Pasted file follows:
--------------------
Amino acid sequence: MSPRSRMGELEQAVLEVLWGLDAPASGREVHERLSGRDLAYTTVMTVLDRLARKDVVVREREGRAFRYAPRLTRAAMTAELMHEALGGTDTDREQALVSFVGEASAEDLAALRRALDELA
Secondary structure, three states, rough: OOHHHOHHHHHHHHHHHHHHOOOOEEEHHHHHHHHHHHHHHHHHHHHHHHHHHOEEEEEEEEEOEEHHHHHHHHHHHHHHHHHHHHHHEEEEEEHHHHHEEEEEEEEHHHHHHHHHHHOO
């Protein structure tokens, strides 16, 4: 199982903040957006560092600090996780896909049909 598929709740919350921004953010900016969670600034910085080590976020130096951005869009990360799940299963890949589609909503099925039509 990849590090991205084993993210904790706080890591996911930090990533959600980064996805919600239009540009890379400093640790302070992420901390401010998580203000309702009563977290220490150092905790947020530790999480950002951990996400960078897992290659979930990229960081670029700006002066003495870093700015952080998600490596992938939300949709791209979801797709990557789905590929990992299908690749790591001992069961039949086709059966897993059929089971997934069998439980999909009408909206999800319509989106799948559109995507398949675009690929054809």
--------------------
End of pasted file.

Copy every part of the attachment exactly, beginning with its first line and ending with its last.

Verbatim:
Amino acid sequence: MSPRSRMGELEQAVLEVLWGLDAPASGREVHERLSGRDLAYTTVMTVLDRLARKDVVVREREGRAFRYAPRLTRAAMTAELMHEALGGTDTDREQALVSFVGEASAEDLAALRRALDELA
Secondary structure, three states, rough: OOHHHOHHHHHHHHHHHHHHOOOOEEEHHHHHHHHHHHHHHHHHHHHHHHHHHOEEEEEEEEEOEEHHHHHHHHHHHHHHHHHHHHHHEEEEEEHHHHHEEEEEEEEHHHHHHHHHHHOO
């Protein structure tokens, strides 16, 4: 199982903040957006560092600090996780896909049909 598929709740919350921004953010900016969670600034910085080590976020130096951005869009990360799940299963890949589609909503099925039509 990849590090991205084993993210904790706080890591996911930090990533959600980064996805919600239009540009890379400093640790302070992420901390401010998580203000309702009563977290220490150092905790947020530790999480950002951990996400960078897992290659979930990229960081670029700006002066003495870093700015952080998600490596992938939300949709791209979801797709990557789905590929990992299908690749790591001992069961039949086709059966897993059929089971997934069998439980999909009408909206999800319509989106799948559109995507398949675009690929054809």